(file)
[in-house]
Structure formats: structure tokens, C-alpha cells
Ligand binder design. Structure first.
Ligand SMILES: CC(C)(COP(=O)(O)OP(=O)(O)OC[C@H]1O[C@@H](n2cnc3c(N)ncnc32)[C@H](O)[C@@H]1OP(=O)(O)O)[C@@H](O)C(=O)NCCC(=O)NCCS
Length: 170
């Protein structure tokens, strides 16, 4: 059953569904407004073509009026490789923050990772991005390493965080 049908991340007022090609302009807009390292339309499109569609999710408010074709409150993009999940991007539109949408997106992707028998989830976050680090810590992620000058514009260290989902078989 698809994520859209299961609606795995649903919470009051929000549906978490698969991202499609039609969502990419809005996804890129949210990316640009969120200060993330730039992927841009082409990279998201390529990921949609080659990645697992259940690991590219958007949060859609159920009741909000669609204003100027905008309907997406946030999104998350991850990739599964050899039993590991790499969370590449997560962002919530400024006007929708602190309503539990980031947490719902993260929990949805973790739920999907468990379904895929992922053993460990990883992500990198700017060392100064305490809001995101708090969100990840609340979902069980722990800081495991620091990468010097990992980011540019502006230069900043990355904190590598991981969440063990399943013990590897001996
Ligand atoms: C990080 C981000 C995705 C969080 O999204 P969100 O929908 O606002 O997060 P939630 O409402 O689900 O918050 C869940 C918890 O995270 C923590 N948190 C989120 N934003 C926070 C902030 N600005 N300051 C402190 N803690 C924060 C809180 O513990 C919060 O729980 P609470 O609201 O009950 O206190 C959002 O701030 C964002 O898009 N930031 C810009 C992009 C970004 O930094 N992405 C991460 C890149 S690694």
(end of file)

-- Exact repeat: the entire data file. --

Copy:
[in-house]
Structure formats: structure tokens, C-alpha cells
Ligand binder design. Structure first.
Ligand SMILES: CC(C)(COP(=O)(O)OP(=O)(O)OC[C@H]1O[C@@H](n2cnc3c(N)ncnc32)[C@H](O)[C@@H]1OP(=O)(O)O)[C@@H](O)C(=O)NCCC(=O)NCCS
Length: 170
């Protein structure tokens, strides 16, 4: 059953569904407004073509009026490789923050990772991005390493965080 049908991340007022090609302009807009390292339309499109569609999710408010074709409150993009999940991007539109949408997106992707028998989830976050680090810590992620000058514009260290989902078989 698809994520859209299961609606795995649903919470009051929000549906978490698969991202499609039609969502990419809005996804890129949210990316640009969120200060993330730039992927841009082409990279998201390529990921949609080659990645697992259940690991590219958007949060859609159920009741909000669609204003100027905008309907997406946030999104998350991850990739599964050899039993590991790499969370590449997560962002919530400024006007929708602190309503539990980031947490719902993260929990949805973790739920999907468990379904895929992922053993460990990883992500990198700017060392100064305490809001995101708090969100990840609340979902069980722990800081495991620091990468010097990992980011540019502006230069900043990355904190590598991981969440063990399943013990590897001996
Ligand atoms: C990080 C981000 C995705 C969080 O999204 P969100 O929908 O606002 O997060 P939630 O409402 O689900 O918050 C869940 C918890 O995270 C923590 N948190 C989120 N934003 C926070 C902030 N600005 N300051 C402190 N803690 C924060 C809180 O513990 C919060 O729980 P609470 O609201 O009950 O206190 C959002 O701030 C964002 O898009 N930031 C810009 C992009 C970004 O930094 N992405 C991460 C890149 S690694």